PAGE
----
Coronavirus has been capturing headlines around the world for good reason. We are getting closer to 100,000 people infected with COVID-19. It won’t be long before 2,000 deaths will have been reported in China. In the meantime, though, influenza is the main event in North America. According to the CDC, somewhere between 20 and 30 million Americans have been hit with the flu this year. There is likely to be high-level influenza activity for several more weeks. We do not yet know how well the vaccine is working. In the meantime can Tamiflu (oseltamivir) help? This reader has an interesting story to share:
Can Tamiflu (Oseltamivir) Help Against Influenza?
Q. Last week I came down with a horrible cough, followed within a few hours by fever and exhaustion. By the next morning, I had muscle aches and figured I had caught the flu.
The weather was dreadful. I didn’t have the energy to drag myself to the doctor’s office. So, when I saw that the practice had an e-visit option, I used it. I was very disappointed.
A doctor I’ve never met responded that I didn’t meet the criteria for treatment because I don’t have chronic heart or lung disease and I’m not being treated for cancer.
Instead, he told me to take Tylenol and ibuprofen, stay hydrated and wash my hands frequently. He assured me that my symptoms would probably improve within ten days.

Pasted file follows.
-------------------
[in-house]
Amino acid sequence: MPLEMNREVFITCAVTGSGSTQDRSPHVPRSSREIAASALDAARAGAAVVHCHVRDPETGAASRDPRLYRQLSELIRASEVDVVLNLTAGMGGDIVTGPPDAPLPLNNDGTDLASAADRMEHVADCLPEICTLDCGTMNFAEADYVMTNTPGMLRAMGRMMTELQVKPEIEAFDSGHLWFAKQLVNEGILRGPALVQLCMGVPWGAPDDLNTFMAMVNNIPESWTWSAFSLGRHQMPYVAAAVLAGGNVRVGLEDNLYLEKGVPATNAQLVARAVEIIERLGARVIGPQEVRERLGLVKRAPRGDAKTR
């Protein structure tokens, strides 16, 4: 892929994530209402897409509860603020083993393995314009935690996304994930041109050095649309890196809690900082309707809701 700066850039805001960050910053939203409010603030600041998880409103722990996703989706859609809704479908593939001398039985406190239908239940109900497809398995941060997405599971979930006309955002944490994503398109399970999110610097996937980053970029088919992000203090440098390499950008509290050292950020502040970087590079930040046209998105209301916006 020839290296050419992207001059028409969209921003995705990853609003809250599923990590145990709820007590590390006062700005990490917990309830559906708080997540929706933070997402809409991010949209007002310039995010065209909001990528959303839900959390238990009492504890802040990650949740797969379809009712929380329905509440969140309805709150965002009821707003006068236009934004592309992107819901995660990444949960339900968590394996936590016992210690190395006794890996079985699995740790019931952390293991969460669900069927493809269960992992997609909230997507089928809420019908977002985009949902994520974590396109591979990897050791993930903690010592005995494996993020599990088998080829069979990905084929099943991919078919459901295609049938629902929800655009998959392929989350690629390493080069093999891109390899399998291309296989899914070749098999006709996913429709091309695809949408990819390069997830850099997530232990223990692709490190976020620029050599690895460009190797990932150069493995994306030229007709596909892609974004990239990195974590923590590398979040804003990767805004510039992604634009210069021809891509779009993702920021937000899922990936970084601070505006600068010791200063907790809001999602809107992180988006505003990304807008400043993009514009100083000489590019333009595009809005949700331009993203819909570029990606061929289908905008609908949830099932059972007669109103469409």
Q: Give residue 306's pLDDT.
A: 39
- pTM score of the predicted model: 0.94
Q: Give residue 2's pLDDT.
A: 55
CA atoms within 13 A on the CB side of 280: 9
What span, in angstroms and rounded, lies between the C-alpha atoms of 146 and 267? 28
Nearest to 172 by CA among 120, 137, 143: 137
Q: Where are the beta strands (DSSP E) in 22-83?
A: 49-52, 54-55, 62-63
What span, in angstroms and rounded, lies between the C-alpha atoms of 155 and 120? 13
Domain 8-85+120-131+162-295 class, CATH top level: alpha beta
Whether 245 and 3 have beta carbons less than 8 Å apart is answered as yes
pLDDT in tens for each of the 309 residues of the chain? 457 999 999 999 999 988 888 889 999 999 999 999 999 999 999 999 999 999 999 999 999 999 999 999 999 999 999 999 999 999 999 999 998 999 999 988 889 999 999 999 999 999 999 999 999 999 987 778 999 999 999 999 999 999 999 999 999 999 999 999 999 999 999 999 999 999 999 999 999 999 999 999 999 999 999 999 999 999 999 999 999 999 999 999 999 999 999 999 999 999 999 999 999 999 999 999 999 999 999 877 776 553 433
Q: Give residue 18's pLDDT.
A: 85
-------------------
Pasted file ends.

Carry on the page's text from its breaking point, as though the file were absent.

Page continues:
Needless to say, that wasn’t very helpful. I didn’t want to spend ten days in bed if I didn’t have to. I called my regular doctor, who said I should come in to be tested.
I’m glad I braved the bad weather. The test showed I had type A flu and she prescribed oseltamivir (Tamiflu). I started taking it and felt noticeably better by the next day. My cough has almost disappeared, and my temperature is back to normal.
I understand that doctors want to make sure you really have flu before they write a prescription. I don’t understand why they would have an e-visit protocol that essentially says, just suffer.
A. We don’t understand that, either. The CDC acknowledges that antiviral medications can be helpful. The agency lists four drugs that may be prescribed to treat outpatients with acute uncomplicated influenza. Two are pills: oseltamivir (Tamiflu) and baloxavir (Xofluza). Zanamivir (Relenza) is inhaled and peramivir (Rapivab) is given by IV injection.
Antiviral drugs won’t work well if they are taken too long after influenza takes hold. This reader wanted to know why Tamiflu did not work:
Oseltamivir | Tamiflu Did Not Work. What Went Wrong?
Some people say Tamiflu helps them get over the flu. Others report that Tamiflu did not work. What’s the real story here? What Tamiflu side effects should you watch out for?
To find out why Tamiflu failed in this case click on this link. It will answer the question can Tamiflu (oseltamivir) help? In addition, it will reveal why so many health professionals remain skeptical about antiviral medications. Is their caution justified?
If a family member comes down with the flu, can Tamiflu (oseltamivir) prevent other family members from getting sick? There is evidence to suggest the drug does protect against influenza (Internal Medicine, Feb. 15, 2018).
Share your own experience with Tamiflu (oseltamivir) in the comment section below.